Getting it on
Expected, ideal, and actual relational outcomes of emerging adults' "hook ups"
Eliza Weitbrecht & Sarah Whitton
Personal Relationships, forthcoming
Despite the prevalence of "hooking up" among emerging adults, little is known about the outcomes of these encounters. A sample of 348 college students completed a survey on expected, ideal, and actual relational outcomes of hook ups (assessed at a 10-week follow-up). Results showed that most men and women expected outcomes involving minimal commitment (i.e., nothing more, continued sexual involvement). Ideal outcomes of hook ups differed by gender, with women more often hoping for romantic involvement, and men more likely to view continued sexual involvement as ideal. Actual outcomes varied, with continued sexual involvement the most common outcome (32.2%), followed by friendship (27.7%), romantic involvement (23.2%), and nothing more (17%); 43.8% of participants experienced fulfillment of ideal outcomes.
Mating strategy flexibility in the laboratory: Preferences for long- and short-term mating change in response to evolutionarily relevant variables
Andrew Thomas & Steve Stewart-Williams
Evolution and Human Behavior, forthcoming
One of the great challenges for evolutionary psychology has been to explain within-sex individual variation in mating behaviour. Several lines of evidence suggest that some of this variation stems from an adaptation for facultatively increasing or decreasing long- and short-term mating inclinations in response to circumstances. It remains unclear, however, how rapidly such changes can occur, and what stimuli might initiate them. This paper presents three experiments that investigate mating strategy change following exposure to the evolutionarily-relevant stimuli of parental care, resource-abundance, and danger. In each experiment, participants indicated their preferred relationship type (long-term, short-term, or none) for each of fifty other-sex individuals, both before and after priming. Relative to a control group, relationship preferences changed in all three experiments, in directions generally consistent with evolutionary psychological predictions. Moreover, short- and long-term relationship preferences were found to shift independently, such that a change in long-term preference was not accompanied by an opposite change in short-term, or vice versa. Together, these experiments represent the first direct test of the claim that brief interventions can shift the relative strength of people's preferences for long-term and short-term relationships.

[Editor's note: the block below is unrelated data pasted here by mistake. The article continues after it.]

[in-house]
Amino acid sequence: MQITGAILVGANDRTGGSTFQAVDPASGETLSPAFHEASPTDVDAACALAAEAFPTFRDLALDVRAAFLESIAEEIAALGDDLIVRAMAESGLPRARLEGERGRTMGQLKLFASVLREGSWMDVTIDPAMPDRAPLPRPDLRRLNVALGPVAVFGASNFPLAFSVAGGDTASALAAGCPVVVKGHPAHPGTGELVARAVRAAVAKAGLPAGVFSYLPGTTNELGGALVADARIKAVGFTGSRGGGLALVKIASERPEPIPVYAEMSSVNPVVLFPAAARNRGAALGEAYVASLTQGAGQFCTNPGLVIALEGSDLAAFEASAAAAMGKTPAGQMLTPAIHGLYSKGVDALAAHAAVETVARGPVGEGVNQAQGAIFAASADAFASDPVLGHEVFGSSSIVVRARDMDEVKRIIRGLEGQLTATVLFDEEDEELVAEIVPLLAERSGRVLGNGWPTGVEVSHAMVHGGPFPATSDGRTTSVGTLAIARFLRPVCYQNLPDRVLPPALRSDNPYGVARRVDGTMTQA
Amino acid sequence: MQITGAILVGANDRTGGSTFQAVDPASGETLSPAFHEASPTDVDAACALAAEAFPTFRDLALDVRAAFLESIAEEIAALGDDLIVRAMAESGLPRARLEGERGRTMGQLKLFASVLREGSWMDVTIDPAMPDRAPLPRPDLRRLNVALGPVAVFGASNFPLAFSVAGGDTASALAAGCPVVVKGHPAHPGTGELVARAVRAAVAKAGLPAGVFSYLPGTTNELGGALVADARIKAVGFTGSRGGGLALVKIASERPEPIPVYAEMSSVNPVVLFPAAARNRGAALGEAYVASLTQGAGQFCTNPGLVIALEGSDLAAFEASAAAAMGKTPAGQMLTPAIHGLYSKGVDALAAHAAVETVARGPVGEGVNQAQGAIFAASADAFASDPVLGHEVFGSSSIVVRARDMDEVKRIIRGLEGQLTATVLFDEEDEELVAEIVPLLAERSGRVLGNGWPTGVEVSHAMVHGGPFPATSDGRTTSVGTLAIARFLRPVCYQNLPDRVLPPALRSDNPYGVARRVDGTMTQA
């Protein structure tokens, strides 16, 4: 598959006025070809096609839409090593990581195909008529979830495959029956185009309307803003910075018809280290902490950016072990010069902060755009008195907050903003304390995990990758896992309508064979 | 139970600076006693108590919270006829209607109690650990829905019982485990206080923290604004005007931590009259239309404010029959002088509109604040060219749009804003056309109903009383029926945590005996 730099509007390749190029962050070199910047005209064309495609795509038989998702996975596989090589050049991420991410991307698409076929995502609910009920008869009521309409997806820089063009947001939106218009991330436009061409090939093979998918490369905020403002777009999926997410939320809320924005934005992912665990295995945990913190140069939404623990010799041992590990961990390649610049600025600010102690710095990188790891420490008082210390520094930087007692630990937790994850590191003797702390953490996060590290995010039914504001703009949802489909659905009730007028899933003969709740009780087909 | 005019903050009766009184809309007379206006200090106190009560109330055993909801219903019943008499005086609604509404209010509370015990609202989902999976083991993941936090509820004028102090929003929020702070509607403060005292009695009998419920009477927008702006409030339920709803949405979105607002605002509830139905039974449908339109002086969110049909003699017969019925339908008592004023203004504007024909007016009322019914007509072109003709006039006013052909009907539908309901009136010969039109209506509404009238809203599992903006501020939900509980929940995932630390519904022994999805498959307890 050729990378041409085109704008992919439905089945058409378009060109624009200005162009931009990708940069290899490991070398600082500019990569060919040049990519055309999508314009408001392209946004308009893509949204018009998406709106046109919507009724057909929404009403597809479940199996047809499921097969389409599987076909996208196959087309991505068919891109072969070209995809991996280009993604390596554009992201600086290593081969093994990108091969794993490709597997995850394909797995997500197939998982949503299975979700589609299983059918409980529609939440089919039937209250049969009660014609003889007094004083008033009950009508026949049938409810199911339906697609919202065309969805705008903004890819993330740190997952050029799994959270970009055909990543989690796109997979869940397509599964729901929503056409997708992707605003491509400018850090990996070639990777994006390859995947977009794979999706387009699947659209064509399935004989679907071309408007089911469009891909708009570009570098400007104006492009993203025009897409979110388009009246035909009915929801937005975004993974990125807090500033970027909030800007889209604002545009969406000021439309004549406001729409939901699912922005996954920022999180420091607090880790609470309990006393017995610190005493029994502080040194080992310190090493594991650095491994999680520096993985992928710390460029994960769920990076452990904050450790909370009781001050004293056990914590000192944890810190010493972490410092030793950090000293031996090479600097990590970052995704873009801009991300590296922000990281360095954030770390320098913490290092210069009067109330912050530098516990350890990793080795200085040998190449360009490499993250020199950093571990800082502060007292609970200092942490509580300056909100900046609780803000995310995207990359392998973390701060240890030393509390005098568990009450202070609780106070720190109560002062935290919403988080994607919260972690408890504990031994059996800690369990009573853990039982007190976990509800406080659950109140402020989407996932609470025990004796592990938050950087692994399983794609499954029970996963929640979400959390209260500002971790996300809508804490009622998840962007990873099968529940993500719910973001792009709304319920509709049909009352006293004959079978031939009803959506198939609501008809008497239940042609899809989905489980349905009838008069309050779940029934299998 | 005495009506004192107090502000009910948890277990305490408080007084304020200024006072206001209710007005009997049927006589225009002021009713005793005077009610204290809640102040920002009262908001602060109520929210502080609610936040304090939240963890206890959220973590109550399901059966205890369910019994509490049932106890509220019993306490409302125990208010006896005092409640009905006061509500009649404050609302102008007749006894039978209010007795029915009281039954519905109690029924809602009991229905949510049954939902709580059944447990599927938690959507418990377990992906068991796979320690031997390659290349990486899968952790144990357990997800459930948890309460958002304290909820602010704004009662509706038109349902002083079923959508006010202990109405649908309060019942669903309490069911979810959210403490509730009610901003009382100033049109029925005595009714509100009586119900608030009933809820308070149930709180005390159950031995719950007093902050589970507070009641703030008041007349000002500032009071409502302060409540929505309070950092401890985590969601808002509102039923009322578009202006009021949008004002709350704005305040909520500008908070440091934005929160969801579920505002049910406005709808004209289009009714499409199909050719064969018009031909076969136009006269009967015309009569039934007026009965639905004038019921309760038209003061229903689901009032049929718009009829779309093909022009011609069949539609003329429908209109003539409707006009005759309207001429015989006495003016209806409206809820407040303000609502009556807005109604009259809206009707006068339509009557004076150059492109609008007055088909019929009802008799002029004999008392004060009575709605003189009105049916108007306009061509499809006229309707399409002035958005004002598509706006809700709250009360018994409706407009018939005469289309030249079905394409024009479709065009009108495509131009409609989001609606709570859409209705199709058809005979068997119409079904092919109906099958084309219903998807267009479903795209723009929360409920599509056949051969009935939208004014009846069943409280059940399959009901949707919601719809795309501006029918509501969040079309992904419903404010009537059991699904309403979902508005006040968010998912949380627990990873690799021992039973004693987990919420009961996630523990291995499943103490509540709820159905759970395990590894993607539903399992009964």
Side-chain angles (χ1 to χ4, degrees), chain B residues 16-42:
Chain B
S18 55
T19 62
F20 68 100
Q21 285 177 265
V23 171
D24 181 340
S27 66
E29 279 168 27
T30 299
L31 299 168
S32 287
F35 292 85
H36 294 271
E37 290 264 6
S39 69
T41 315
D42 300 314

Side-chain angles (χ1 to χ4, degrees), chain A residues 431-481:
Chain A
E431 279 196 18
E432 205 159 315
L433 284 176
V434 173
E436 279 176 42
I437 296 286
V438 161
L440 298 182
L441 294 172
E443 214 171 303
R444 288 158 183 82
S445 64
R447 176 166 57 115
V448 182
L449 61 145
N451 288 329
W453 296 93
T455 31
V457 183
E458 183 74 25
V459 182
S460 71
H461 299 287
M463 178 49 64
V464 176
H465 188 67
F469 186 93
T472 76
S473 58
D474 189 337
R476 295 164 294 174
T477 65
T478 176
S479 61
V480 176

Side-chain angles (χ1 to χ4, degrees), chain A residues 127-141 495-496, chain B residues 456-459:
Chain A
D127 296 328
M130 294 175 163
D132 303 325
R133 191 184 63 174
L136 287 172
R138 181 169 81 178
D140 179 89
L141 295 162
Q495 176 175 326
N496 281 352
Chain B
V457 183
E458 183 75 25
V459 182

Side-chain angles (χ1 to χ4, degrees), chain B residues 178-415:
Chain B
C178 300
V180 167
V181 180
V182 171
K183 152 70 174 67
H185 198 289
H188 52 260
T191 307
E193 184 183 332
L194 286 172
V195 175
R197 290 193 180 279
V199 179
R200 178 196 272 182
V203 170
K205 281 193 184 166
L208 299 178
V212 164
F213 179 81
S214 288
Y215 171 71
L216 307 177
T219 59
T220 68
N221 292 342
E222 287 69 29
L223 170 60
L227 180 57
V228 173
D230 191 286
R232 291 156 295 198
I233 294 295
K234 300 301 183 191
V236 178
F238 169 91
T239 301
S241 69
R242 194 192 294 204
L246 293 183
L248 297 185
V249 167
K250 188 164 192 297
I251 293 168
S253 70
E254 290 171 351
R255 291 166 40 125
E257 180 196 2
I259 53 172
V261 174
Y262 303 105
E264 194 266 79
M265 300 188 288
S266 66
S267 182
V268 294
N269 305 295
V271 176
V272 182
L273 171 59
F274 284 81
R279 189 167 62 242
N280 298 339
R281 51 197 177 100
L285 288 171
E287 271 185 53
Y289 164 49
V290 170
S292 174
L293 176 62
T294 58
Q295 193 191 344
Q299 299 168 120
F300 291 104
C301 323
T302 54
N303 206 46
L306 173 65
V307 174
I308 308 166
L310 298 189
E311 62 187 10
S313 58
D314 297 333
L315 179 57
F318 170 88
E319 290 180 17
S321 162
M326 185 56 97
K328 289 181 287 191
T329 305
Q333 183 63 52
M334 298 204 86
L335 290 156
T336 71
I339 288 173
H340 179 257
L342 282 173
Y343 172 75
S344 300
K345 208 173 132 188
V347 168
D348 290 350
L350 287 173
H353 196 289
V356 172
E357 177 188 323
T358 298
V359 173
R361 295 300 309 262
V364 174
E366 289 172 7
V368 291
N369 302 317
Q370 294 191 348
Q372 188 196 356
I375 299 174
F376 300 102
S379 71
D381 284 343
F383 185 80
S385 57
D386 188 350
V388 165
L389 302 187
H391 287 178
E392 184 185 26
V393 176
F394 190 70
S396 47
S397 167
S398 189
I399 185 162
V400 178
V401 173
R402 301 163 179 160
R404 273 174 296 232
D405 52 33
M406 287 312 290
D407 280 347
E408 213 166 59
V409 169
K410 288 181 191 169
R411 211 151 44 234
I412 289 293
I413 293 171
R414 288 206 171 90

Arching the Back (Lumbar Curvature) as a Female Sexual Proceptivity Signal: An Eye-Tracking Study
Farid Pazhoohi et al.
Evolutionary Psychological Science, forthcoming
It is common in studies of human mate preference to have participants judge the attractiveness of photographs in which models adopt a neutral facial expression or a neutral body posture. However, it is unlikely that humans adopt neutral expressions and postures in normal social circumstances. One way in which posture can vary is in the curvature of the lower spine. In some non-human animals, a "lordotic" posture (in which the lower spine is curved towards the belly) is associated in females with readiness to mate. In humans, this posture may serve a similar function, attracting heterosexual men. In this study, participants were presented with computer-generated images of female bodies in which the back curvature was systematically manipulated. The result showed that small changes in lumbar curvature are associated with changes in the perception of attractiveness. Specifically, the result showed that there is a relationship between the range of the back curvatures used in this study and attractiveness, such that increasing the curvature increased the perception of attractiveness. Additionally, as the curvature increased, participants looked longer and fixated more on the hip region of the female bodies. This paper argues that the attractiveness of women in lordotic posture is due to a conserved mechanism across the taxa which signals proceptivity to men.